Commercial and agricultural business loans
                2       115       2       115  
Consumer loans:
                                               
Home equity/home improvement
    5       76       4       78       9       154  
Automobile                                   
    4       21       3       15       7       36  
Other                                   
    3       23       4       6       7       29  
                                                 
Total loans
    13     $ 199       26     $ 926       39     $ 1,125  
                                                 
At December 31, 2006
                                               
Real estate loans:
                                               
One- to four-family residential
    9     $ 323       6     $ 270       15     $ 593  
Commercial and agricultural
                2       145       2       145  
Multi-family residential
                                   
Commercial and agricultural business loans
                1       659       1       659  
Consumer loans:
                                               
Home equity/home improvement
    7       146       5       191       12       337  
Automobile                                   
    2       1       1       1       3       2  
 
15

 
   
Loans Delinquent For
       
   
60-89 Days
   
90 Days and Over
   
Total
 
   
Number
   
Amount
   
Number
   
Amount
   
Number
   
Amount
 
   
(Dollars in Thousands)
 
                                     
Other                                   
    2       7       2       7       4       14  
                                                 
Total loans
    20     $ 477       17     $ 1,273       37     $ 1,750  
                                                 
At December 31, 2005
                                               
Real estate loans:
                                               
One- to four-family residential
    6     $ 155       9     $ 465       15     $ 620  
Commercial and agricultural
                3       260       3       260  
Multi-family residential
                                   
Commercial and agricultural business loans
    2       5                   2       5  
Consumer loans:
                                               
Home equity/home improvement
    6       134       5       213       11       347  
Automobile                                   
    4       13       3       18       7       31  
Other                                   
    3       12       3       30       6       42  
                                                 
Total loans
    21     $ 319       23     $ 986       44     $ 1,305  
 
Classified Assets.  Federal and state regulations require that each insured savings institution classify its assets on a regular basis.  In addition, in connection with examination of insured institutions, Federal examiners have authority to identify problem assets and, if appropriate, classify them.  There are three categories for classified assets:  “substandard,” “doubtful” and “loss.”  Substandard assets have one or more defined weaknesses and are characterized by the distinct possibility that the insured institution will sustain some loss if the deficiencies are not corrected.  Doubtful assets have the weaknesses of substandard assets with the additional characteristic that the weaknesses make collection or liquidation in full on the basis of currently existing facts, conditions and values questionable, and there is a high possibility of loss.  An asset classified loss is considered uncollectible and of such little value that continuance as an asset of the institution is not warranted.  For assets classified “substandard” and “doubtful,” the institution is required to establish general loan loss reserves in accordance with accounting principles generally accepted in the United States of America.  Assets classified “loss” must be either completely written off or supported by a 100% specific reserve.  We also maintain a category designated “special mention” which is established and maintained for assets not considered classified but having potential weaknesses or risk characteristics that could result in future problems.  An institution is required to develop an in-house program to classify its assets, including investments in subsidiaries, on a regular basis and set aside appropriate loss reserves on the basis of such classification.  As part of the periodic exams of Jacksonville Savings Bank by the Federal Deposit Insurance Corporation and the Illinois Department of Financial and Professional Regulation, the staff of such agencies reviews our classifications and determine whether such classifications are adequate.  Such agencies have, in the past, and may in the future require us to classify certain assets which management has not otherwise classified or require a classification more severe than established by management.  At December 31, 2009, our classified assets totaled $4.9 million, all of which were classified as substandard.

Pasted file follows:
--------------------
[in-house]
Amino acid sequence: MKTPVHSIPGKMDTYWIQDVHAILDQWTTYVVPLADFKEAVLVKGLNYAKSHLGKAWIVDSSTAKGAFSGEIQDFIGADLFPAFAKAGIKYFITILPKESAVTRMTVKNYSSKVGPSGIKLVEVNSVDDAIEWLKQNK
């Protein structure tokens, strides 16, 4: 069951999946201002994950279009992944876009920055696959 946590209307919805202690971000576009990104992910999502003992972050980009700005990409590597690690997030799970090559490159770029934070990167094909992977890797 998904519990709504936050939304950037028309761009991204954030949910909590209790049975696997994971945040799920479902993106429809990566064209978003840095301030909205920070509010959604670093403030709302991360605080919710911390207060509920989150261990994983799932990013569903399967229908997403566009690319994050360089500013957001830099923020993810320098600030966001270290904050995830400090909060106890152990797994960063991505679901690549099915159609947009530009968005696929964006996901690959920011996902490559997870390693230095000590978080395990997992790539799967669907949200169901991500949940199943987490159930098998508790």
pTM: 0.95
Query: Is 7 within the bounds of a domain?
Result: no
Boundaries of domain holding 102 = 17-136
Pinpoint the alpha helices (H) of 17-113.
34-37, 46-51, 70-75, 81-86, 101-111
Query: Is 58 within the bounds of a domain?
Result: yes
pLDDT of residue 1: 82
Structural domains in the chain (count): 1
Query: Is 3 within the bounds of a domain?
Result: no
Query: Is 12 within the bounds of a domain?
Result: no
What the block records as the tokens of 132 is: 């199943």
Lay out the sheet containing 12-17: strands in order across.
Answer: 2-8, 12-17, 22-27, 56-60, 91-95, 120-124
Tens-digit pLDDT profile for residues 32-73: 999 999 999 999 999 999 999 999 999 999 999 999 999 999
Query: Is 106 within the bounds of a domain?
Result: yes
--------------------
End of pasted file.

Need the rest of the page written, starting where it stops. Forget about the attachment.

The total amount of classified and special mention assets increased $1.6 million, or 16.4%, to $11.4 million at December 31, 2009 from $9.8 million at December 31, 2008.  The increase in classified and special mention assets during 2009 was primarily due to an increase of $2.5 million in substandard loans, partially offset by a decrease of $880,000 in special mention loans.  The decrease in special mention loans was primarily due to $2.4 million in loans that were downgraded to a substandard rating and $500,000 in principal reductions on these loans, partially offset by $2.1 million in additional loans rated as special mention during 2009.  The $2.5 million increase in substandard loans was primarily related to the downgrade of $2.4 million of loans from the special mention rating and $847,000 of additional loans rated as substandard during 2009, partially offset by charge-offs of $427,000 and principal reductions of $164,000.

 
16

 

The following table shows the principal amount of potential problem loans at December 31, 2009 and December 31, 2008.

   
12/31/09
   
12/31/08
 
   
(In Thousands)
 
Special Mention loans
  $ 6,489     $ 7,369  
Substandard loans
    4,865       2,388  
Total Special Mention and Substandard loans
  $ 11,354 &